People v. Newton


by Lise Pearlman


Paperback / $29.95 / isbn: 978-1-58790-369-4 / paperback / 536 pages / 6” x 9” / with photographs

e-book / $9.95 / isbn: 978-1-58790-370-0


Law / American History / Black History / Civil Rights / Jury Trials


On the 50th anniversary of the Black Panther Party, Pearlman’s new book American Justice on Trial: People v. Newton compares the explosive state of American race relations in 1968 to race relations today with insights from key participants and observers of the internationally-watched Oakland, California death-penalty trial that launched the Black Panther Party and transformed the American jury “of one’s peers” to the diverse cross-section we often take for granted today.

      The book includes comments from Newton prosecutor Lowell Jensen, pioneering black jury foreman David Harper and TV journalist Belva Davis, as well as from Huey Newton’s older brother Melvin Newton, former Panthers Kathleen Cleaver, David Hillliard and Emory Douglas. It also includes comments from civil rights experts including Bryan Stevenson, Barry Scheck and John Burris.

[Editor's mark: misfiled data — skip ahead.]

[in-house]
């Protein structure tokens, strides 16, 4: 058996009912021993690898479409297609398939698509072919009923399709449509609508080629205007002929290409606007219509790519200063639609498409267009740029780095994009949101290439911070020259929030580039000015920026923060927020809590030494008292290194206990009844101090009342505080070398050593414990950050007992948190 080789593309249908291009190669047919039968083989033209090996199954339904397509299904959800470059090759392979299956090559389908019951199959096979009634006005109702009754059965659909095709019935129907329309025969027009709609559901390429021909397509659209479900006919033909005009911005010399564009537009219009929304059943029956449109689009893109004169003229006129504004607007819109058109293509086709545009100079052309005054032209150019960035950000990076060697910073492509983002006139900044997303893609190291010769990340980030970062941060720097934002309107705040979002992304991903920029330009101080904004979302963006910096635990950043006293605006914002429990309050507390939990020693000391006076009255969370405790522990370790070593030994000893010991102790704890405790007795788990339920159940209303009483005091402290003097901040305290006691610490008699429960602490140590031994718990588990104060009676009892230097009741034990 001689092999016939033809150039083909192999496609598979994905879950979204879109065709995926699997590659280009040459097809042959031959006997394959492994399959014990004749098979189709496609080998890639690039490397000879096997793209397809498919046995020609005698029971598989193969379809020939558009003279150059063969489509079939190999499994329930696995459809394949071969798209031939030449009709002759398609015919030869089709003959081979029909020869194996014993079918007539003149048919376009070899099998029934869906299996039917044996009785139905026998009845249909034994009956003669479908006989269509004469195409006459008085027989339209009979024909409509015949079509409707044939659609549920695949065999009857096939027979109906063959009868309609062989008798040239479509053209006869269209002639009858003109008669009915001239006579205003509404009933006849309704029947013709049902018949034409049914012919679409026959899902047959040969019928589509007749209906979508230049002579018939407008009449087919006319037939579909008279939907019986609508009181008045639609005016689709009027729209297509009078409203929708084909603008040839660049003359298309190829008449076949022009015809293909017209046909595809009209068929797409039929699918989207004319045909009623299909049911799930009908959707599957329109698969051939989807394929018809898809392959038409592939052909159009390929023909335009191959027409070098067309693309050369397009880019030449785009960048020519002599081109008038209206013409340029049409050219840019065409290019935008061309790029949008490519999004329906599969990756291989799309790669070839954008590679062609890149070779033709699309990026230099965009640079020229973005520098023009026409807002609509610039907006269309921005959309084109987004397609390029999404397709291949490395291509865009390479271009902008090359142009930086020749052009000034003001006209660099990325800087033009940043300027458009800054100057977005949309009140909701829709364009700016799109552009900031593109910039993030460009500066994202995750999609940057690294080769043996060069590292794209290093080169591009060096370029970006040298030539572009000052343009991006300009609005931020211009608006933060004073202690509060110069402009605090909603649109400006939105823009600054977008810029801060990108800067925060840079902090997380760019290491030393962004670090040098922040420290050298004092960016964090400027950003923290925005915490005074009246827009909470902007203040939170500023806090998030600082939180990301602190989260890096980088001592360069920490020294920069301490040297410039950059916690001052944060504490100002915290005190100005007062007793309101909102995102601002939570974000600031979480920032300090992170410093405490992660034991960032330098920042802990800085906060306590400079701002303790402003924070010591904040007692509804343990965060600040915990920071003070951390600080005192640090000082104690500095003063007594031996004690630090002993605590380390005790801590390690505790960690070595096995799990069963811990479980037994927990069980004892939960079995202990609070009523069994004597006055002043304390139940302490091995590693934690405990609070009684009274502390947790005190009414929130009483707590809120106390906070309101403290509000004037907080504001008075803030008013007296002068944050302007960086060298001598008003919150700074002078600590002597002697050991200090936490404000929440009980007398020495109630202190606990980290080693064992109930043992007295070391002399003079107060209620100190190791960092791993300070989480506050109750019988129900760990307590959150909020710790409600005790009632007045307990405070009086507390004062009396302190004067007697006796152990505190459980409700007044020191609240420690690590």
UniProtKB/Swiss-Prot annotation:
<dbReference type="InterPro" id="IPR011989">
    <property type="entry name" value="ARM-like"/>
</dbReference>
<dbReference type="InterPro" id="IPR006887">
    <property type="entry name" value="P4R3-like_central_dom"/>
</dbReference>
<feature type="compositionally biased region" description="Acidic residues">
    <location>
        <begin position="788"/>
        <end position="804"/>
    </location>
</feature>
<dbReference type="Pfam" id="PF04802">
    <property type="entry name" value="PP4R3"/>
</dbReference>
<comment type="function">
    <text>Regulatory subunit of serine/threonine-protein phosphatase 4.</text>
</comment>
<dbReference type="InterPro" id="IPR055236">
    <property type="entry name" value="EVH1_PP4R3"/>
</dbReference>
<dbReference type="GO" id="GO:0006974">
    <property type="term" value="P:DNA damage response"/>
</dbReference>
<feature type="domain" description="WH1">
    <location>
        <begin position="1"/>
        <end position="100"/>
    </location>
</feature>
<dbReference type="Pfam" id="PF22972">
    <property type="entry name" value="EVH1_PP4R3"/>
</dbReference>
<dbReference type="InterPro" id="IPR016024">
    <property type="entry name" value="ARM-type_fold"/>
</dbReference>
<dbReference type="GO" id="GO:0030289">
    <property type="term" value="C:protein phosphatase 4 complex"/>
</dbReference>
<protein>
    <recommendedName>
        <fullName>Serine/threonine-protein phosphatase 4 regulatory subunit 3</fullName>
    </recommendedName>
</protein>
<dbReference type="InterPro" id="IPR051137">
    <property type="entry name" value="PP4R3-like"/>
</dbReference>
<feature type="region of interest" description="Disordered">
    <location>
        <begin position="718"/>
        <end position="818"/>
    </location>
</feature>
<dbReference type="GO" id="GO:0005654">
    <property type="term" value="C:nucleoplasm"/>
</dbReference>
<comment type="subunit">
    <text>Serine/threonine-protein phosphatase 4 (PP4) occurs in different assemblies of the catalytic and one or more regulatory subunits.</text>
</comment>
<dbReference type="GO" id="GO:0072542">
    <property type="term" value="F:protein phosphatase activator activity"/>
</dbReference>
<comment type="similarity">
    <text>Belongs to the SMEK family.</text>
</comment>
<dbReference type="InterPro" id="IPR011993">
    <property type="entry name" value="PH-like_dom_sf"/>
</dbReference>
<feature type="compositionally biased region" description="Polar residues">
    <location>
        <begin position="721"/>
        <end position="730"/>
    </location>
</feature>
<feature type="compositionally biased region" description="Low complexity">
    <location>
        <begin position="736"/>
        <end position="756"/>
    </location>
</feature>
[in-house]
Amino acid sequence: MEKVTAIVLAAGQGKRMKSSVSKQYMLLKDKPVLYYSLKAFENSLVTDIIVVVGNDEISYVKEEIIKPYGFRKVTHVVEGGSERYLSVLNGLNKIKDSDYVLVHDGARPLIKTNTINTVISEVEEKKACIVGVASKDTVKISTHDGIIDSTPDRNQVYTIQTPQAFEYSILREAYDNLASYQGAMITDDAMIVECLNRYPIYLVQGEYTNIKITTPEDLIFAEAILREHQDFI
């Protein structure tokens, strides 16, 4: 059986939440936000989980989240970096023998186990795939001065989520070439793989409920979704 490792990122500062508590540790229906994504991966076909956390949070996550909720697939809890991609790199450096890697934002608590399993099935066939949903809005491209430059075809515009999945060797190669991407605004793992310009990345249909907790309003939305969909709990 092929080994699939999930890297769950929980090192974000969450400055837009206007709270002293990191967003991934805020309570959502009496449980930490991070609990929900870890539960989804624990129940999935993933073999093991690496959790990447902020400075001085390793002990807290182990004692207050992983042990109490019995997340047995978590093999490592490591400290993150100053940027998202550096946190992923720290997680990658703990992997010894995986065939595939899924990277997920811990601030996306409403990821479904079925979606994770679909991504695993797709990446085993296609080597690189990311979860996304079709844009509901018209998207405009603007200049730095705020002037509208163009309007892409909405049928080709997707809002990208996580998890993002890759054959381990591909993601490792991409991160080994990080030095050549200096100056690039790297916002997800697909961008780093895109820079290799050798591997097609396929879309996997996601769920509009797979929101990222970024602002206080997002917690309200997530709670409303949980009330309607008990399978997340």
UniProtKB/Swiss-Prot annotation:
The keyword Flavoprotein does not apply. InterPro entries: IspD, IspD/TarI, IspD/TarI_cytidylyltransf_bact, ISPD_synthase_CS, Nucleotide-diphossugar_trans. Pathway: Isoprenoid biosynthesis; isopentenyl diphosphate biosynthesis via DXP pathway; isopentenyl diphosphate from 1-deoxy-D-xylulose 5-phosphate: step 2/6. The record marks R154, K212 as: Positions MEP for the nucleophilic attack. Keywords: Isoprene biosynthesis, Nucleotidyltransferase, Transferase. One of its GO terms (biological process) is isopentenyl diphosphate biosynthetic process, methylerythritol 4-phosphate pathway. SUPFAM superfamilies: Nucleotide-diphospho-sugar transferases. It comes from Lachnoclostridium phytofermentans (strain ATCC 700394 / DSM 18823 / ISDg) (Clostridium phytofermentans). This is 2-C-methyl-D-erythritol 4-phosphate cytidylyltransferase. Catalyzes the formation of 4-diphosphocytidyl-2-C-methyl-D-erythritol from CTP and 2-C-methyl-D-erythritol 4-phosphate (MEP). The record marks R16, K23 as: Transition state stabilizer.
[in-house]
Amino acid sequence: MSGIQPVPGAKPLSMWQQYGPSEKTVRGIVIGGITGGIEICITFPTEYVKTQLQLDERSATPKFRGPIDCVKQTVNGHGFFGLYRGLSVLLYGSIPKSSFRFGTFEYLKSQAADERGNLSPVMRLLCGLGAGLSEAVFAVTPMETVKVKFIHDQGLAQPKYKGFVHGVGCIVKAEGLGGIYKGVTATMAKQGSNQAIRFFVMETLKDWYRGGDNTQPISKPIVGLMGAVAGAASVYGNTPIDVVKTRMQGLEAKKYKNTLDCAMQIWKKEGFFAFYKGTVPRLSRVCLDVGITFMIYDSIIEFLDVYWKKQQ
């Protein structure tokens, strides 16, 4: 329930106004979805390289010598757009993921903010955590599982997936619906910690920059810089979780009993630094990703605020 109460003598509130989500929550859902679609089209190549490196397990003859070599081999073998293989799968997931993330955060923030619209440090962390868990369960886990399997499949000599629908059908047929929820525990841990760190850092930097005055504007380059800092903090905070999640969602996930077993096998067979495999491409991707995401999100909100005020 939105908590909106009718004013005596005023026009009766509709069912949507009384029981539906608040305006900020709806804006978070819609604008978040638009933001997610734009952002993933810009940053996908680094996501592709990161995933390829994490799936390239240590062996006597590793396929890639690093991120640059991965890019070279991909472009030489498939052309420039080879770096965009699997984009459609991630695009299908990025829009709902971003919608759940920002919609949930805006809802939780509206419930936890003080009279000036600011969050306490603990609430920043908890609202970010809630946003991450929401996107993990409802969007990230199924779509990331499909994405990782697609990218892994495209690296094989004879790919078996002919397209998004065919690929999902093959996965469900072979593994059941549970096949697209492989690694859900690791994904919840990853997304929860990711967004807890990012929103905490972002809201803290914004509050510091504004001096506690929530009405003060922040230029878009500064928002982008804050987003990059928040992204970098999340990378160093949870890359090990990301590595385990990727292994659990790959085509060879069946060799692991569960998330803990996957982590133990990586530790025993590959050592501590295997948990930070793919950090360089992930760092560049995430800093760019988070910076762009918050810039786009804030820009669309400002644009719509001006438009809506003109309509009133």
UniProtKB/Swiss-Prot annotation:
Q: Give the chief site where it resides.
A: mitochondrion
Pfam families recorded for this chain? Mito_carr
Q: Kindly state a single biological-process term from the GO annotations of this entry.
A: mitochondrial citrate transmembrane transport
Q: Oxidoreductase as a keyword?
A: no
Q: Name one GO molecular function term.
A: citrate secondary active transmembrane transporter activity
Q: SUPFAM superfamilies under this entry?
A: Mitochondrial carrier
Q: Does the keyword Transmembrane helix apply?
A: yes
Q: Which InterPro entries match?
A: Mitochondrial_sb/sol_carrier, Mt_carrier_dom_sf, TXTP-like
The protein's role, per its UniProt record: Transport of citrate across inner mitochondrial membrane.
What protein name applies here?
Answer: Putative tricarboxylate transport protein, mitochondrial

American Justice on Trial also complements the documentary project of the same name by Arc of Justice Productions, Inc., a non-profit arts organization. The book incorporates quotes from filmed interviews for that historic project for which Pearlman is the co-producer and co-director with veteran documentarian Robert Richter. The progress of that film project can be followed at













Lise Pearlman appeared in Stanley Nelson’s acclaimed 2015 film “The Black Panthers: Vanguard of the Revolution” as the country’s leading expert on the 1968 Huey Newton death penalty trial. Her first history book, The Sky’s The Limit: People v. Newton, The Real Trial of the 20th Century? [Regent Press 2012] won awards in the categories of law, history and multiculturalism.  Pearlman was an undergraduate in the first class that included women at Yale University when Panther Party co-founder Bobby Seale was tried for murder in New Haven. She then moved to the Bay Area where she attended Berkeley Law School and then clerked for California Chief Justice Donald White before practicing law in Oakland. From 1989-1995, she served as the first Presiding Judge of the California State Bar Court. Pearlman has spent almost all of her adult life in Oakland where the Newton trial took place and where she still resides.

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